chrisplusian
  • chrisplusian
Linear algebra... Please see attachments
Mathematics
  • Stacey Warren - Expert brainly.com
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SOLVED
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jamiebookeater
  • jamiebookeater
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chrisplusian
  • chrisplusian
1 Attachment
chrisplusian
  • chrisplusian
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chrisplusian
  • chrisplusian
I am pretty sure these answers are correct. My question...

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chrisplusian
  • chrisplusian
Is there a better way to approach the problem? In my linear algebra class so far we have studied: Matirx algebra,Matrix inverse, powers of matrix,transpose of matrix, vectors in R^n
steve816
  • steve816
Wow, you're super neat! Sorry I can't help you because I haven't learned about matrices yet... but what class do you learn matrices in?
steve816
  • steve816
nvm, so you take linear algebra.
thomas5267
  • thomas5267
Nope! The answer is wrong. I feel sad for you.
zzr0ck3r
  • zzr0ck3r
There are many ways to do this problem and the method you took will work but sort of defeats the purpose of linear algebra. I would find the inverse of the 2x2 matrix and multiply both sides, on the left, by that.
thomas5267
  • thomas5267
The first question is right. The second is not.
thomas5267
  • thomas5267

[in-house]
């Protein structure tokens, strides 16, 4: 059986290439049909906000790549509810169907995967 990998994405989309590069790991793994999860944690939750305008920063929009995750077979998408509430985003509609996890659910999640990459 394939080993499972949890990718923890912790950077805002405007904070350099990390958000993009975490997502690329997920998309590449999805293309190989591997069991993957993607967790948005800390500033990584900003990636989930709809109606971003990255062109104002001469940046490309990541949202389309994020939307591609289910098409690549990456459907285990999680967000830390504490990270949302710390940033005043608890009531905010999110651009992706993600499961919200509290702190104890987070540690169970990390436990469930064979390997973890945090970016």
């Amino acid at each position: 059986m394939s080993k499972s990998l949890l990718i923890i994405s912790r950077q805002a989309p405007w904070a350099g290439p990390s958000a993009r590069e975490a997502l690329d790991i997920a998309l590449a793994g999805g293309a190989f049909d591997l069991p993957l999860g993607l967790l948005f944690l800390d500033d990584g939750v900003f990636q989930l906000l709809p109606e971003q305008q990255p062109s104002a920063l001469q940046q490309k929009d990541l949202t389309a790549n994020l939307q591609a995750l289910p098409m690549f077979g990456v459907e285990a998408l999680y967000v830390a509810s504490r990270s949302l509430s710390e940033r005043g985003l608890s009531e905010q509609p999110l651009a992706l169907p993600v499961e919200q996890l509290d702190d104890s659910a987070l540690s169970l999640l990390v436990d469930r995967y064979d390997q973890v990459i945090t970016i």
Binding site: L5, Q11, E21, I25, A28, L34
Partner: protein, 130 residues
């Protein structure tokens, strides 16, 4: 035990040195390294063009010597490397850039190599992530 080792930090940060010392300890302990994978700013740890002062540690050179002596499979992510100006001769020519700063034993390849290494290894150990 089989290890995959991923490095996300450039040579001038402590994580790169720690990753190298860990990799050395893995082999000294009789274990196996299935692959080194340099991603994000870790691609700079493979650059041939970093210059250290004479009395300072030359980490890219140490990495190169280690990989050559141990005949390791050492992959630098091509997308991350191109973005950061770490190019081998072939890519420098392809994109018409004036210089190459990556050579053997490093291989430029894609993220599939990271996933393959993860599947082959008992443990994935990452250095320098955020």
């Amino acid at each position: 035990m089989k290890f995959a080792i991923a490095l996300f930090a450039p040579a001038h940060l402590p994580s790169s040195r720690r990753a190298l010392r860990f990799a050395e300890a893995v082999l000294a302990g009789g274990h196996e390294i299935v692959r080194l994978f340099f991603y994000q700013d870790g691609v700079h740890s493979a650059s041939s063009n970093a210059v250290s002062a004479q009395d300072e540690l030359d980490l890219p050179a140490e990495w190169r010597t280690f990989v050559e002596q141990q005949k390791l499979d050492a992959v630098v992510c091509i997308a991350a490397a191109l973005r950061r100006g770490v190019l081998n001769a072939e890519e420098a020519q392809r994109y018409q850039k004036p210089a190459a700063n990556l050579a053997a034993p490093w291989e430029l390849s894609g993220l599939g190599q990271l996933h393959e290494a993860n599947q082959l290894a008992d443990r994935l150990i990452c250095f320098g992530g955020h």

The 2x2 matrix in the second question is invertible so you are good to go.
chrisplusian
  • chrisplusian
Honestly this class is really hard for me, the way the professor teaches is by reading the proofs (verbatim) from the book, and then displaying a look that shows he has somehow managed to manifest some secret meaning. The problem is that only he gets it. Our book is a publication from overseas so I can't find a solution guide to check what I am doing, so I am kind of looking here for help
chrisplusian
  • chrisplusian
I really don't know what I should have seen that would clue me in on what approach to take working on this problem
chrisplusian
  • chrisplusian
any advice is greatly appreciated
chrisplusian
  • chrisplusian
@zzr0ck3r could you illustrate what you mean?
thomas5267
  • thomas5267
\[ \mathbf{A}=\begin{pmatrix}2&1\\5&3\end{pmatrix}\\ \mathbf{A}^{-1}\text{ exists.}\\ \mathbf{AY}=\begin{pmatrix}1&0&-1&0\\5&0&2&-4\end{pmatrix}\\ \mathbf{A}^{-1}\mathbf{AY}=\mathbf{A}^{-1}\begin{pmatrix}1&0&-1&0\\5&0&2&-4\end{pmatrix}\\ \mathbf{Y}=\mathbf{A}^{-1}\begin{pmatrix}1&0&-1&0\\5&0&2&-4\end{pmatrix}\\ \]
chrisplusian
  • chrisplusian
So what I should have done is generically named the two given matrices, used property of matrices to solve for Y and then do the given operations to find Y?
zzr0ck3r
  • zzr0ck3r
what he said^^^
thomas5267
  • thomas5267
Not exactly. I named \(\mathbf{A}=\begin{pmatrix}2&1\\5&3\end{pmatrix}\) because I find \(\begin{pmatrix}2&1\\5&3\end{pmatrix}^{-1}\) ugly. Since \(\begin{pmatrix}2&1\\5&3\end{pmatrix}^{-1}\) exists, we could do what I wrote above. Not all matrix has an inverse. For example, \(\begin{pmatrix}1&0\\0&0\end{pmatrix}\) does not have an inverse.

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